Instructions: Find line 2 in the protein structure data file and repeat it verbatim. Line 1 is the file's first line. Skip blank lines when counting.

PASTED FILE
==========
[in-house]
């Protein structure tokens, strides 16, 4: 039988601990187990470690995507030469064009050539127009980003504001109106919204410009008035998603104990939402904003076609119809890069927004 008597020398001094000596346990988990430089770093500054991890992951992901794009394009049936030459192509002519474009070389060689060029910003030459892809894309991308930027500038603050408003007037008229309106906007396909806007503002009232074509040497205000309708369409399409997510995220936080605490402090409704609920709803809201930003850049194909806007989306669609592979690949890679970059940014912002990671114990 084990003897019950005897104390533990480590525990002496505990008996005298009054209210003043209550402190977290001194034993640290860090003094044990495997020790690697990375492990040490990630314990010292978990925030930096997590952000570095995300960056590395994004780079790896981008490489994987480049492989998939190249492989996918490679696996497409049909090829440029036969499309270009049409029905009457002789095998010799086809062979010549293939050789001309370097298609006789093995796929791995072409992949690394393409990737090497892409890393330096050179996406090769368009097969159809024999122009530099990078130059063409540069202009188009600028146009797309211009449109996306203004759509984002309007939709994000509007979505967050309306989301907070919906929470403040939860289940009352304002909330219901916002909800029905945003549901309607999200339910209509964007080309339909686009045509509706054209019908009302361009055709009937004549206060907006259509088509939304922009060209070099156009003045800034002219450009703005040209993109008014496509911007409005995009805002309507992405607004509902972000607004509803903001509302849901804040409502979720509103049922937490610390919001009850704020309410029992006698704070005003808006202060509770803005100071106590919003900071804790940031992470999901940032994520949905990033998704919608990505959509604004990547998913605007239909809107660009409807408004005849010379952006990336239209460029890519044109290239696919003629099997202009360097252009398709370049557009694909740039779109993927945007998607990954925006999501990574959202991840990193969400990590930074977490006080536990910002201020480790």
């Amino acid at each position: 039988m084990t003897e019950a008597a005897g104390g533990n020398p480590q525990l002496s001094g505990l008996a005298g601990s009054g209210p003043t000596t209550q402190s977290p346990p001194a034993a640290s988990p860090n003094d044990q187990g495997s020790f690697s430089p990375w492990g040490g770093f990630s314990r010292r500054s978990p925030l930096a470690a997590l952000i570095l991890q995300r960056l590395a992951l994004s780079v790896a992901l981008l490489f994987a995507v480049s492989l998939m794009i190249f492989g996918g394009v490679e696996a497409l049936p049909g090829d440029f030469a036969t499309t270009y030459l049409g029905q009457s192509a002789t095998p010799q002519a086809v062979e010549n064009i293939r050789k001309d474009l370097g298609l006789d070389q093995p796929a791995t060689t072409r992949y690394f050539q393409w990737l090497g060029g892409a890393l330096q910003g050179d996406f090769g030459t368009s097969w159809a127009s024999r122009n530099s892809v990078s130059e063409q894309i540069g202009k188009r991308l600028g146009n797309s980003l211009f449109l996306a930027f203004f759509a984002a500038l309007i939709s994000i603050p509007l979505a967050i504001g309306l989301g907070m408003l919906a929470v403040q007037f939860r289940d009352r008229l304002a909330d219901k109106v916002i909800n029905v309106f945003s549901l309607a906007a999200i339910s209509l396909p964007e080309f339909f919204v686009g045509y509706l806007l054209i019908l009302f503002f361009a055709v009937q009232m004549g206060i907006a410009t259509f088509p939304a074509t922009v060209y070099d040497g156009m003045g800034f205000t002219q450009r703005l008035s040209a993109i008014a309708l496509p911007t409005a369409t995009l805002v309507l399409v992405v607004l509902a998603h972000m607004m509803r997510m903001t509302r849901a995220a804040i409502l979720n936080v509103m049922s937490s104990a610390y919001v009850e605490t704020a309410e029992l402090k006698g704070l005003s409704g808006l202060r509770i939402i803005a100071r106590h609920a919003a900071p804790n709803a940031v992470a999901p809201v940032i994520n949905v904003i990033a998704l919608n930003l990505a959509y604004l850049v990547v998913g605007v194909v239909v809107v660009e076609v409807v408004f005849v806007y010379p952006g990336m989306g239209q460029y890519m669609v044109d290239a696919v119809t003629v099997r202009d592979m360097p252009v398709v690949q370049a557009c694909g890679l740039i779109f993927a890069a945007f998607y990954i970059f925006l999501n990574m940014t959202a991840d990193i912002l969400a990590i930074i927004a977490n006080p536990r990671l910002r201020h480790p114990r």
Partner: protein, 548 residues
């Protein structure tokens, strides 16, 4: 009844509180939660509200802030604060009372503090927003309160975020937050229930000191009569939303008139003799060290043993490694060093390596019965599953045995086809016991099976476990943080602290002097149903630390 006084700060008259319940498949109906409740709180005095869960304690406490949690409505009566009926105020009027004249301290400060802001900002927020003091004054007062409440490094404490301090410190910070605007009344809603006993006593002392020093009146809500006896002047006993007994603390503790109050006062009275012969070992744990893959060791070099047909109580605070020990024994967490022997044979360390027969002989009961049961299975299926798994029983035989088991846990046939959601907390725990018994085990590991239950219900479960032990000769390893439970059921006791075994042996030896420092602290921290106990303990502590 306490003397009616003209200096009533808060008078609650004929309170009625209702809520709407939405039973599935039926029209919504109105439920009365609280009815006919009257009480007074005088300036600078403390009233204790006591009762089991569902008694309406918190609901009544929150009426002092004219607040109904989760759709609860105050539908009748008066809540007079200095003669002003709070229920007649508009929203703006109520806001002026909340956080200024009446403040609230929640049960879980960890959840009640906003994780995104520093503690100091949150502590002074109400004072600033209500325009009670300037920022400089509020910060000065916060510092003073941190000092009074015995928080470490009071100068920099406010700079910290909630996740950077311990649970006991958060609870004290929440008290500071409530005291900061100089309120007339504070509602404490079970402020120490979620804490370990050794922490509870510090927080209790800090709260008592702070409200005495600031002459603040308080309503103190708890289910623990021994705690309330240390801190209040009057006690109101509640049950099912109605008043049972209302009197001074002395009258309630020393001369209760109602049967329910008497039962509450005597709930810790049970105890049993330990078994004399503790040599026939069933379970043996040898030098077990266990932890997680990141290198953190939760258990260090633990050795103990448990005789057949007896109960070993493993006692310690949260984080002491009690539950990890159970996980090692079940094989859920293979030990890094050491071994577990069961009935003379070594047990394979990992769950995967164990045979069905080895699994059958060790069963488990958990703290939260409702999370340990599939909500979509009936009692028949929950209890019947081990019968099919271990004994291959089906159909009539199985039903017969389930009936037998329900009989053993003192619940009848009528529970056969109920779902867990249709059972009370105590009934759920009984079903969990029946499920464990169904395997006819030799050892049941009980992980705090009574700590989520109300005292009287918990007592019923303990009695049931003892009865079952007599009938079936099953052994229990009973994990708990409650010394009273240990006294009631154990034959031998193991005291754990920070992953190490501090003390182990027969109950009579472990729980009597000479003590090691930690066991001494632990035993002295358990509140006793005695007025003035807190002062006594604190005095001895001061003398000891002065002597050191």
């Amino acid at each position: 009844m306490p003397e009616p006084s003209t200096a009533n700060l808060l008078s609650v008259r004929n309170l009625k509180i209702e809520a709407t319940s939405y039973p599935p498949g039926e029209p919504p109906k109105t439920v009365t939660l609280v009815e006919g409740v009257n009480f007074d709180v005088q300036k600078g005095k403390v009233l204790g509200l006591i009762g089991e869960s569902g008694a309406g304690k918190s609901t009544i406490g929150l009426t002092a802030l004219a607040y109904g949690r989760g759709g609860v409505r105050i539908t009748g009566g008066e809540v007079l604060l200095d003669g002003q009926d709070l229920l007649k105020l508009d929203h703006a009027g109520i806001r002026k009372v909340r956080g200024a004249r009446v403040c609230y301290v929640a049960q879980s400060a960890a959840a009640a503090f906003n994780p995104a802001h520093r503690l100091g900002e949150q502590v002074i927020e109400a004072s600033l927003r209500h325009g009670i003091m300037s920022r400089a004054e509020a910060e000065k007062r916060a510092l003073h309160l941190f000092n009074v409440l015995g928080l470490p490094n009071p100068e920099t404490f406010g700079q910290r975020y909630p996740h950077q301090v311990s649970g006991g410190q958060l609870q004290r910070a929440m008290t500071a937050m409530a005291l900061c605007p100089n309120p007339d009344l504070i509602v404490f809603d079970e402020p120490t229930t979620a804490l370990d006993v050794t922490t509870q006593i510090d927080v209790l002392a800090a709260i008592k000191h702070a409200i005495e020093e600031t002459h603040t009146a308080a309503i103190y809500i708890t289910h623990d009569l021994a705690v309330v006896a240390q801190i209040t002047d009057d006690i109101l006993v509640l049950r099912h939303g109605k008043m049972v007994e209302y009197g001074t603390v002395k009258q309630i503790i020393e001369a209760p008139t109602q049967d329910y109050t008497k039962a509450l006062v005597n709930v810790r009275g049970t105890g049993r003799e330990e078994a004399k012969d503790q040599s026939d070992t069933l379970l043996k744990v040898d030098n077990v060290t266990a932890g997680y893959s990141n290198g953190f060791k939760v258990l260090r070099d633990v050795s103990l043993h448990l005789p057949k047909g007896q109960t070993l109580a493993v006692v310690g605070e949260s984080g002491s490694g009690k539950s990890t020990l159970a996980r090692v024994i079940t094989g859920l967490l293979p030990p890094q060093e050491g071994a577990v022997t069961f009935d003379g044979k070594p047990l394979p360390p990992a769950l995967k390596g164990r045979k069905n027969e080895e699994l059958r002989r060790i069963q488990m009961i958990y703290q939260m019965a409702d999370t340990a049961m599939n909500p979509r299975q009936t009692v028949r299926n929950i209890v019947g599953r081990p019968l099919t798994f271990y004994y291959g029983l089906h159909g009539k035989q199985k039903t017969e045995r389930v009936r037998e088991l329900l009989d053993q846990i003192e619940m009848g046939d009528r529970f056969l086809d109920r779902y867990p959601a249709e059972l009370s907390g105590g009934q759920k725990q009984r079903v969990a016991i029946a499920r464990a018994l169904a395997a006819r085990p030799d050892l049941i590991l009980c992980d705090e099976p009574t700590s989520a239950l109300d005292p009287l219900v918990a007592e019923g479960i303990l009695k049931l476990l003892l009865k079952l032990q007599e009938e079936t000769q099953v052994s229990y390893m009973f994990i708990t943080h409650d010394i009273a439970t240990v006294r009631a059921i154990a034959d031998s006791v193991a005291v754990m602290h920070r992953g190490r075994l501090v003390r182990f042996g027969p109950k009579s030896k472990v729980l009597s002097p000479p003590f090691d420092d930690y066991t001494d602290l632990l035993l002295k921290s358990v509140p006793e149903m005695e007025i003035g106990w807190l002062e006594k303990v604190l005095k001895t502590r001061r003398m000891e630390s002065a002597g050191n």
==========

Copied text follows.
């Protein structure tokens, strides 16, 4: 039988601990187990470690995507030469064009050539127009980003504001109106919204410009008035998603104990939402904003076609119809890069927004 008597020398001094000596346990988990430089770093500054991890992951992901794009394009049936030459192509002519474009070389060689060029910003030459892809894309991308930027500038603050408003007037008229309106906007396909806007503002009232074509040497205000309708369409399409997510995220936080605490402090409704609920709803809201930003850049194909806007989306669609592979690949890679970059940014912002990671114990 084990003897019950005897104390533990480590525990002496505990008996005298009054209210003043209550402190977290001194034993640290860090003094044990495997020790690697990375492990040490990630314990010292978990925030930096997590952000570095995300960056590395994004780079790896981008490489994987480049492989998939190249492989996918490679696996497409049909090829440029036969499309270009049409029905009457002789095998010799086809062979010549293939050789001309370097298609006789093995796929791995072409992949690394393409990737090497892409890393330096050179996406090769368009097969159809024999122009530099990078130059063409540069202009188009600028146009797309211009449109996306203004759509984002309007939709994000509007979505967050309306989301907070919906929470403040939860289940009352304002909330219901916002909800029905945003549901309607999200339910209509964007080309339909686009045509509706054209019908009302361009055709009937004549206060907006259509088509939304922009060209070099156009003045800034002219450009703005040209993109008014496509911007409005995009805002309507992405607004509902972000607004509803903001509302849901804040409502979720509103049922937490610390919001009850704020309410029992006698704070005003808006202060509770803005100071106590919003900071804790940031992470999901940032994520949905990033998704919608990505959509604004990547998913605007239909809107660009409807408004005849010379952006990336239209460029890519044109290239696919003629099997202009360097252009398709370049557009694909740039779109993927945007998607990954925006999501990574959202991840990193969400990590930074977490006080536990910002201020480790």